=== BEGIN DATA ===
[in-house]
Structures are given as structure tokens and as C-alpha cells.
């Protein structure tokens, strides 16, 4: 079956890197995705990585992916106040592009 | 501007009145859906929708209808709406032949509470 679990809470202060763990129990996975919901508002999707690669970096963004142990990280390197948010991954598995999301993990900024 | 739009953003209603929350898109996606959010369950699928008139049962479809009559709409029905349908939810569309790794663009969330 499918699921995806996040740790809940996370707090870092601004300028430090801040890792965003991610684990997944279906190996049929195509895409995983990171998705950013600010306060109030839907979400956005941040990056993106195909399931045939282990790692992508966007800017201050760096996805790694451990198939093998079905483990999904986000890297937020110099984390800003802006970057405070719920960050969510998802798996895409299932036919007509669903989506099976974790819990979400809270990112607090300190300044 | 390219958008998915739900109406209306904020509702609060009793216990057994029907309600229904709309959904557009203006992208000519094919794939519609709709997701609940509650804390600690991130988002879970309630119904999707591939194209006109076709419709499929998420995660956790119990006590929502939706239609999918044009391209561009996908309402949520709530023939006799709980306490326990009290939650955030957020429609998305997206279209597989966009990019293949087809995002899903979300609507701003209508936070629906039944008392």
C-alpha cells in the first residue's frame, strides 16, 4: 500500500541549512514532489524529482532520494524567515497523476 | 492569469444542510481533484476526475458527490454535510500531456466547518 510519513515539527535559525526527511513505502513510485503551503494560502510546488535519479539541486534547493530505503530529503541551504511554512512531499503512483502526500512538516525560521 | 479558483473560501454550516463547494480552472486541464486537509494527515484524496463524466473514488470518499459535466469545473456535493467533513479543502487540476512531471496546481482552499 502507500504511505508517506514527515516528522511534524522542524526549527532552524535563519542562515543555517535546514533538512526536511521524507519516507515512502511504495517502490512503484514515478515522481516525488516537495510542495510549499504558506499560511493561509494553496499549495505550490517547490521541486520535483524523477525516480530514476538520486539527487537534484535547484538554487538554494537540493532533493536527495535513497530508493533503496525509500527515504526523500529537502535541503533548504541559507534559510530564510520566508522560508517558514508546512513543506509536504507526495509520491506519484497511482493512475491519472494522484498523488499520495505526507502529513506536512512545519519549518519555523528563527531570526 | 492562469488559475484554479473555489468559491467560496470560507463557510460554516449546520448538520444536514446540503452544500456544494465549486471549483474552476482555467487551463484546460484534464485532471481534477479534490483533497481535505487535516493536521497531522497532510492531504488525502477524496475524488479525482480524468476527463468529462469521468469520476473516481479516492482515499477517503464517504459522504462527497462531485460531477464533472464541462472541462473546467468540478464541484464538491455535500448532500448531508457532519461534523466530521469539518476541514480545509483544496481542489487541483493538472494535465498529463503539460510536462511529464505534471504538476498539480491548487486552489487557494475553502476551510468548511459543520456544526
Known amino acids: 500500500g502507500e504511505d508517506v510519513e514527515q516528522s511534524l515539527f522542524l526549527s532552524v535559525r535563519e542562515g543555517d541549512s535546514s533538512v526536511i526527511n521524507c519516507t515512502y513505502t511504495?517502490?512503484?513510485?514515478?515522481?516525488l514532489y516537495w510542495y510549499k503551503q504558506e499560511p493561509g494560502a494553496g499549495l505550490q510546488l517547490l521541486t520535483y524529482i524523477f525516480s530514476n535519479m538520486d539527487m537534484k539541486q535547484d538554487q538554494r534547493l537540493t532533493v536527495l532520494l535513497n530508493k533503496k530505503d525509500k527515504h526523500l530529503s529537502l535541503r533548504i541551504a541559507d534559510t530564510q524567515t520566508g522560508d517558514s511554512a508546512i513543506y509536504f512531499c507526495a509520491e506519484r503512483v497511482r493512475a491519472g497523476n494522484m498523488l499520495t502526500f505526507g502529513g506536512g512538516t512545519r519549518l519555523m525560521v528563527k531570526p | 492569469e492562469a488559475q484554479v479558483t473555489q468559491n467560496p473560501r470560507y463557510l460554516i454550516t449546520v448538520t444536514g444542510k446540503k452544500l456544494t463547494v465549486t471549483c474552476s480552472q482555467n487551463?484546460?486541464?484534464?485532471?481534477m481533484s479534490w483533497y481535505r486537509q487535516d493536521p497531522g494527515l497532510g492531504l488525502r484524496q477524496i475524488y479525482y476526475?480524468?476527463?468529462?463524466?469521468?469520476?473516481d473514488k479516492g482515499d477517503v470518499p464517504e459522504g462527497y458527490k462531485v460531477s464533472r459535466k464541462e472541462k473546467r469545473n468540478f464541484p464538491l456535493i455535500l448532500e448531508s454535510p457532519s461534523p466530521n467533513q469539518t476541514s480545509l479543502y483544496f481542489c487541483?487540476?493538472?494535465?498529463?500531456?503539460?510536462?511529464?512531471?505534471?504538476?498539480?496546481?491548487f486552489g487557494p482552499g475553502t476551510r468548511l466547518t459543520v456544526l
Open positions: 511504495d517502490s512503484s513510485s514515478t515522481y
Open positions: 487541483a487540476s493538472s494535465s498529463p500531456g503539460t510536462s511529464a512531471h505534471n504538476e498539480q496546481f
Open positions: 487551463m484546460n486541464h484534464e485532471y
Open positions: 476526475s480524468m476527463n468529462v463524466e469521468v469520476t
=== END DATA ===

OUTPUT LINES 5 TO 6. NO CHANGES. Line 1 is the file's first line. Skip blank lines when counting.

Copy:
Known amino acids: 500500500g502507500e504511505d508517506v510519513e514527515q516528522s511534524l515539527f522542524l526549527s532552524v535559525r535563519e542562515g543555517d541549512s535546514s533538512v526536511i526527511n521524507c519516507t515512502y513505502t511504495?517502490?512503484?513510485?514515478?515522481?516525488l514532489y516537495w510542495y510549499k503551503q504558506e499560511p493561509g494560502a494553496g499549495l505550490q510546488l517547490l521541486t520535483y524529482i524523477f525516480s530514476n535519479m538520486d539527487m537534484k539541486q535547484d538554487q538554494r534547493l537540493t532533493v536527495l532520494l535513497n530508493k533503496k530505503d525509500k527515504h526523500l530529503s529537502l535541503r533548504i541551504a541559507d534559510t530564510q524567515t520566508g522560508d517558514s511554512a508546512i513543506y509536504f512531499c507526495a509520491e506519484r503512483v497511482r493512475a491519472g497523476n494522484m498523488l499520495t502526500f505526507g502529513g506536512g512538516t512545519r519549518l519555523m525560521v528563527k531570526p | 492569469e492562469a488559475q484554479v479558483t473555489q468559491n467560496p473560501r470560507y463557510l460554516i454550516t449546520v448538520t444536514g444542510k446540503k452544500l456544494t463547494v465549486t471549483c474552476s480552472q482555467n487551463?484546460?486541464?484534464?485532471?481534477m481533484s479534490w483533497y481535505r486537509q487535516d493536521p497531522g494527515l497532510g492531504l488525502r484524496q477524496i475524488y479525482y476526475?480524468?476527463?468529462?463524466?469521468?469520476?473516481d473514488k479516492g482515499d477517503v470518499p464517504e459522504g462527497y458527490k462531485v460531477s464533472r459535466k464541462e472541462k473546467r469545473n468540478f464541484p464538491l456535493i455535500l448532500e448531508s454535510p457532519s461534523p466530521n467533513q469539518t476541514s480545509l479543502y483544496f481542489c487541483?487540476?493538472?494535465?498529463?500531456?503539460?510536462?511529464?512531471?505534471?504538476?498539480?496546481?491548487f486552489g487557494p482552499g475553502t476551510r468548511l466547518t459543520v456544526l
Open positions: 511504495d517502490s512503484s513510485s514515478t515522481y